By Emmanuel Ssejjengo
Margaret Macpherson: Okot, why do you use sex symbols in your works? Must you be obscene?
Okot p’Bitek: Why not? Anyway, if it’s obscene, why do you carry it to church?
This is an attempt to re-construct a conversation that took place between two art academic personalities more than 50 years ago.
Macpherson then taught Literature in English at Makerere University and also played a central role in founding the department of Music, Dance and Drama.
It is from this conversion that the character of Okot p’Bitek came clear. He was obstinate; a man who did not do things by the book; especially if he thought that “book” was the wrong one. He was ready to go against all odds, against the establishment to liberate himself, and his people.
Even at his most serious moments, humour never deserted him. He belonged to the era of post-colonial (anti-colonial) writers like Chinua Achebe and Ngugu wa Thiong’o.
He was a sociologist, novelist, philosopher, theologian, footballer (on the national football team in 1958), dancer, actor and politician, although he is most remembered as a poet for his seminal long poem; Song of Lawino.
Yet during his time, he could also have been considered a rebel. He fought academic disciplines like social anthropology because he considered them a justification for colonialism. It was wrong to teach such in African universities, he surmised.
Such rebellion is evident in his use of African forms of poetry.
Okot is credited with introducing the song “school” in poetry. However, there have been counter-arguments that he cannot have created with what existed in oral form. He followed the popular Song of Lawino (Lawino was his mother’s name) with such titles as Song of Ocol, Song of Prisoner and Song of Malaya.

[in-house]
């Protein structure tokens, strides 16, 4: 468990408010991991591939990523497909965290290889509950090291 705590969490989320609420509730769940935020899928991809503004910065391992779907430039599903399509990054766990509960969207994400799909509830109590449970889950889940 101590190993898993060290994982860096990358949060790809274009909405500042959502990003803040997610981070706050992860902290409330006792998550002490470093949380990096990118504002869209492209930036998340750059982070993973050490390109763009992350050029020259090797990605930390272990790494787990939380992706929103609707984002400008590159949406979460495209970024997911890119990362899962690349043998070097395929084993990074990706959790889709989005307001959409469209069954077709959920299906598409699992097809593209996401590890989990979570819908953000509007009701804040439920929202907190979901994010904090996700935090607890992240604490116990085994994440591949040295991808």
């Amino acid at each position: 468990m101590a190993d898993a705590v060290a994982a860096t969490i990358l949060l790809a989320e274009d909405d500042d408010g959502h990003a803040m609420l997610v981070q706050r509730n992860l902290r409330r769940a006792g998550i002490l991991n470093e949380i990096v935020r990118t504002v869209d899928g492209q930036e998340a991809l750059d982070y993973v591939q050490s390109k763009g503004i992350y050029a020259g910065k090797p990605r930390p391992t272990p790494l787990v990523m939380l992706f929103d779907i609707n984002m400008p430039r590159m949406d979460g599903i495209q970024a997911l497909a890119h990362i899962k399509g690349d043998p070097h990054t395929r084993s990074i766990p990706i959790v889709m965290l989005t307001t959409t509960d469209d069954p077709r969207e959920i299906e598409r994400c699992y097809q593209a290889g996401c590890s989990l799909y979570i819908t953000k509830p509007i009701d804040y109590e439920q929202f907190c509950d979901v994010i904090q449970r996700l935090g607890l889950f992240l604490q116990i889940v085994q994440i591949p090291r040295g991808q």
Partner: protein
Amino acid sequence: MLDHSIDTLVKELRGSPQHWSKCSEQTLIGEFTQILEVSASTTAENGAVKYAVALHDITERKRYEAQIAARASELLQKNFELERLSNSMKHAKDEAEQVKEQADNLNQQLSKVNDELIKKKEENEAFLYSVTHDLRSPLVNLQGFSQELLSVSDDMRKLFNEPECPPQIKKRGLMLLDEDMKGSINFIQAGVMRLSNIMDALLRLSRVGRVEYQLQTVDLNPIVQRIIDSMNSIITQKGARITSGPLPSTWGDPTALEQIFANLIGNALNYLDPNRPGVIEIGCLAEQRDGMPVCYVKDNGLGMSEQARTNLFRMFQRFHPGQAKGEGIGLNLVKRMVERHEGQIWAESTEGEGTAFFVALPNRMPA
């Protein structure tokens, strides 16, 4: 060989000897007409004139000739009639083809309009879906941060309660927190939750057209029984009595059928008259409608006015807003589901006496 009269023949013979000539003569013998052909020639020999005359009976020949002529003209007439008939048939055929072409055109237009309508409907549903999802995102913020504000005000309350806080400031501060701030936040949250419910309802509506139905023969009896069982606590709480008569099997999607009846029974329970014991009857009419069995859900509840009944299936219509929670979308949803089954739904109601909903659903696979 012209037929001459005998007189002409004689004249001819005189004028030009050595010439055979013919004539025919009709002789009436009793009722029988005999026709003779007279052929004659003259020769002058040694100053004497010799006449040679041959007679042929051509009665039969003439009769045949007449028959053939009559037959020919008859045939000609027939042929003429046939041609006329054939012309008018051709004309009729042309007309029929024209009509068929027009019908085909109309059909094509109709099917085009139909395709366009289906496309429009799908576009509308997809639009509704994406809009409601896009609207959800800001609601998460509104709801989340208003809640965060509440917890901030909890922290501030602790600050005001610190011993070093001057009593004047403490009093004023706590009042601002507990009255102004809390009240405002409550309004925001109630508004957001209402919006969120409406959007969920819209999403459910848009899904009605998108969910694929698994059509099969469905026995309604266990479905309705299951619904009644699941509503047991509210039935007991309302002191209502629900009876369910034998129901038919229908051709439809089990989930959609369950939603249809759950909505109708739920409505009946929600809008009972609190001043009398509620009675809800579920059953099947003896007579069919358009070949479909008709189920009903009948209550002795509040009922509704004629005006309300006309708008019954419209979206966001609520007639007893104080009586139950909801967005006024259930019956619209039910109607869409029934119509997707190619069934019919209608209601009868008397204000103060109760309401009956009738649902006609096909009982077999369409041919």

His father, Jebedayo Opii Bitek, was a renowned story teller and dancer from the Patiko chiefdom while his mother, Cerina Lawino Lacwaa, was a famous dancer and song composer, a one-time leader of the girls in Palaro chiefdom.
His parentage definitely inspired him in terms of style and theme. That background has produced another generation of poets like Jane Okot (Song of Farewell) and Juliane Okot Bitek (recipient of the 2004 Commonwealth short story contest), two of Okot p’Bitek’s daughters.
Having been born on June 30, 1931, it meant that by the time the independence movement took shape, he was mature enough (physically and mentally) to throw his weight behind a conviction that would liberate Uganda culturally and artistically. He was a Budonian who had the opportunity of studying in prestigious universities like Oxford.
Towards independence in 1962, he returned to Uganda and intended to stand as the UPC candidate for Gulu, but later changed his mind. He researched a lot on the oral literature of the Acholi and the Langi.
Soon after his degree, he worked in Gulu for the extra-mural department of Makerere University (then Makerere College).
While in Gulu, he was central in the creation of the Gulu Festival. He was a performer and organiser. He devised ways of adapting traditional songs into festival performances; something akin to what the likes of Ndere Troupe does today.
Okot was involved in the formation of a large and successful traditional dance group called The Heartbeat of Africa.
In 1966, he moved to Kampala.